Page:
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Europace. 2015 Jun;17(6):840-54. doi: 10.1093/europace/euu357. Epub 2015 Feb 24.

Management of antithrombotic therapy in patients undergoing electrophysiological device surgery.

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U.O.C. Cardiologia Ospedaliera, Dipartimento Cardio-Toraco-Vascolare, Azienda Ospedaliera Universitaria, Siena, Italy
Dipartimento di Medicina Sperimentale e Clinica, Università di Firenze, Firenze, Italy.
Cardiologia Invasiva, Azienda Ospedaliero-Universitaria Careggi, Firenze, Italy.
U.O. Cardiologia, Ospedale Misericordia, Grosseto, Italy.
Dipartimento Cardiovascolare e Neurologico, Ospedale San Donato, Arezzo, Italy.
Dipartimento del Cuore e dei Vasi, Azienda Ospedaliera Universitaria Careggi, Firenze, Italy.
Second Division of Cardiovascular Diseases, New Santa Chiara Hospital, University of Pisa, Pisa, Italy.
Struttura Complessa di Cardiologia, Ospedale Versilia, Lido di Camaiore (LU), Italy.


The aim of this review is to formulate practical recommendations for the management of antithrombotic therapy in patients undergoing cardiac implantable electronic device (CIED) surgery by providing indications for a systematic approach to the problem integrating general technical considerations with patient-specific elements based on a careful evaluation of the balance between haemorrhagic and thromboembolic risk. Hundreds of thousands patients undergo implantation or replacement of CIEDs annually in Europe, and up to 50% of these subjects receive antiplatelet agents or oral anticoagulants. The rate of CIED-related complications, mainly infective, has also significantly increased so that transvenous lead extraction procedures are, consequently, often required. Cardiac implantable electronic device surgery is peculiar and portends specific intrinsic risks of developing potentially fatal haemorrhagic complications; on the other hand, the periprocedural suspension of antithrombotic therapy in patients with high thromboembolic risk cardiac conditions may have catastrophic consequences. Accordingly, the management of the candidate to CIED surgery receiving concomitant antithrombotic therapy is a topic of great clinical relevance yet controversial and only partially, if at all, adequately addressed in evidence-based current guidelines. In spite of the fact that in many procedures it seems reasonably safe to proceed with aspirin only or without interruption of anticoagulants, restricting to selected cases the use of bridging therapy with parenteral heparins, there are lots of variables that may make the therapeutic choices challenging. The decision-making process applied in this document relies on the development of a stratification of the procedural haemorrhagic risk and of the risk deriving from the suspension of antiplatelet or anticoagulant therapy combined to generate different clinical scenarios with specific indications for optimal management of periprocedural antithrombotic therapy.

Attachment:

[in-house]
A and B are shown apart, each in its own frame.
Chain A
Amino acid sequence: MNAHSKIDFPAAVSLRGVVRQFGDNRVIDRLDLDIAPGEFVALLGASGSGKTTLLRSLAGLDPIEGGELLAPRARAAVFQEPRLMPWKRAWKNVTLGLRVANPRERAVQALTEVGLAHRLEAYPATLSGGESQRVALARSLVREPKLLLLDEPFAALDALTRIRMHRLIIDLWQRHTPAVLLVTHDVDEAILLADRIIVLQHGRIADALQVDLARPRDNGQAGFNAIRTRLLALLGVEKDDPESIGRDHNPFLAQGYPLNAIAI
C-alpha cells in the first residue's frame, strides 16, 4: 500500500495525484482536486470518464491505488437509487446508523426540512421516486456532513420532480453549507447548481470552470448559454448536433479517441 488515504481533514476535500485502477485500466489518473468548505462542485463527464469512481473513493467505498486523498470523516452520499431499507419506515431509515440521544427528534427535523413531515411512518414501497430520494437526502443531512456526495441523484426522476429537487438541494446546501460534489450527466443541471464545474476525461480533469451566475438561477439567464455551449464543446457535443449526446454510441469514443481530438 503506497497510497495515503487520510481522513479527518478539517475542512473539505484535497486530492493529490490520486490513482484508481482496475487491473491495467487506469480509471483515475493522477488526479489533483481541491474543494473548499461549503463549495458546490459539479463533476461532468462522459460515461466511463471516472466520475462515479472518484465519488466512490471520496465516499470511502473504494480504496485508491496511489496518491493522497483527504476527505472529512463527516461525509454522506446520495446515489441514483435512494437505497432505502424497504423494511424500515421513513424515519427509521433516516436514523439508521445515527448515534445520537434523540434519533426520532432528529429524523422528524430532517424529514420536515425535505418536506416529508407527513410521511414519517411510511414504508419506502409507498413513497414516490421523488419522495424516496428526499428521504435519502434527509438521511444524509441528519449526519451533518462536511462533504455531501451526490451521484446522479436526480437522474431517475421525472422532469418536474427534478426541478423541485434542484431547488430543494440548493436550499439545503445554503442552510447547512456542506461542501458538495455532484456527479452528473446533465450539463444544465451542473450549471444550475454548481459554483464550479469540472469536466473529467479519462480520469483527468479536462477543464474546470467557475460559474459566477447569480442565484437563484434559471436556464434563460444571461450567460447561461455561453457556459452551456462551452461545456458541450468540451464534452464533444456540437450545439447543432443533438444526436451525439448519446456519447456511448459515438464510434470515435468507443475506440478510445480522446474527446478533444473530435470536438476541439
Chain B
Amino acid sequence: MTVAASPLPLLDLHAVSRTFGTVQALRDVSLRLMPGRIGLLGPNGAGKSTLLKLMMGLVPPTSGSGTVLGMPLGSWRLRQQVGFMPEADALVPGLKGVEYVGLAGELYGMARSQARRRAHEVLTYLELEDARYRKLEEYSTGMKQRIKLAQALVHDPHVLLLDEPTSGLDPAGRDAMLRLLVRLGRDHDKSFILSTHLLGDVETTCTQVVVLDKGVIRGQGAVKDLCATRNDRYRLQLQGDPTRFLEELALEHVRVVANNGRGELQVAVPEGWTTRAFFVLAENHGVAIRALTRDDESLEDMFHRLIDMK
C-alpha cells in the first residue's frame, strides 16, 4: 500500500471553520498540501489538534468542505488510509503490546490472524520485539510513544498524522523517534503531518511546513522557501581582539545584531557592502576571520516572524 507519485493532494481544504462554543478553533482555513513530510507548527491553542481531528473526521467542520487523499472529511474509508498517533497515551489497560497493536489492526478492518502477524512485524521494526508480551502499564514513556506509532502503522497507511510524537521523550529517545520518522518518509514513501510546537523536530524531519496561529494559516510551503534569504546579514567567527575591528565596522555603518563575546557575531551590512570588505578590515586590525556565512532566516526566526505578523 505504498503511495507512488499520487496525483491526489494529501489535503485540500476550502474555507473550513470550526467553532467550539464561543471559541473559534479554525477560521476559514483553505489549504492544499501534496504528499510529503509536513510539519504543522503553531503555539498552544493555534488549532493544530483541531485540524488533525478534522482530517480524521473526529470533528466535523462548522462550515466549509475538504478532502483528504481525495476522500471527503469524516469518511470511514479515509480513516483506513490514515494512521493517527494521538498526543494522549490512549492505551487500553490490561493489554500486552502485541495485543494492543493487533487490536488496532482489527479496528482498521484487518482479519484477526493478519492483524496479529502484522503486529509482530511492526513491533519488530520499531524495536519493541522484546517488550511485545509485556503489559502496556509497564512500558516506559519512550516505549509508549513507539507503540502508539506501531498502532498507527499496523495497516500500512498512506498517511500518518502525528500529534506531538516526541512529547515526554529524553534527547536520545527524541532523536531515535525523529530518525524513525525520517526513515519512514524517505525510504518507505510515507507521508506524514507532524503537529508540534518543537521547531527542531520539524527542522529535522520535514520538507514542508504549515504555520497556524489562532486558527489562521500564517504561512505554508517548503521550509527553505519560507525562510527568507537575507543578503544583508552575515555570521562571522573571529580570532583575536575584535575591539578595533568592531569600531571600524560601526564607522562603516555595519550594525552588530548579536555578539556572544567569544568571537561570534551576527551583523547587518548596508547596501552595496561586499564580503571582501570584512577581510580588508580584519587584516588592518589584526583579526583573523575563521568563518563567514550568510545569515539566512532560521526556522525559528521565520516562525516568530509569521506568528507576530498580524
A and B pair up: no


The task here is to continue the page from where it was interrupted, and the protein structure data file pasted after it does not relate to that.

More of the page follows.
Anticoagulation; Antiplatelet therapy; Bleeding; Coronary stent; Haemorrhage; Implantable cardioverter defibrillator; Pacemaker

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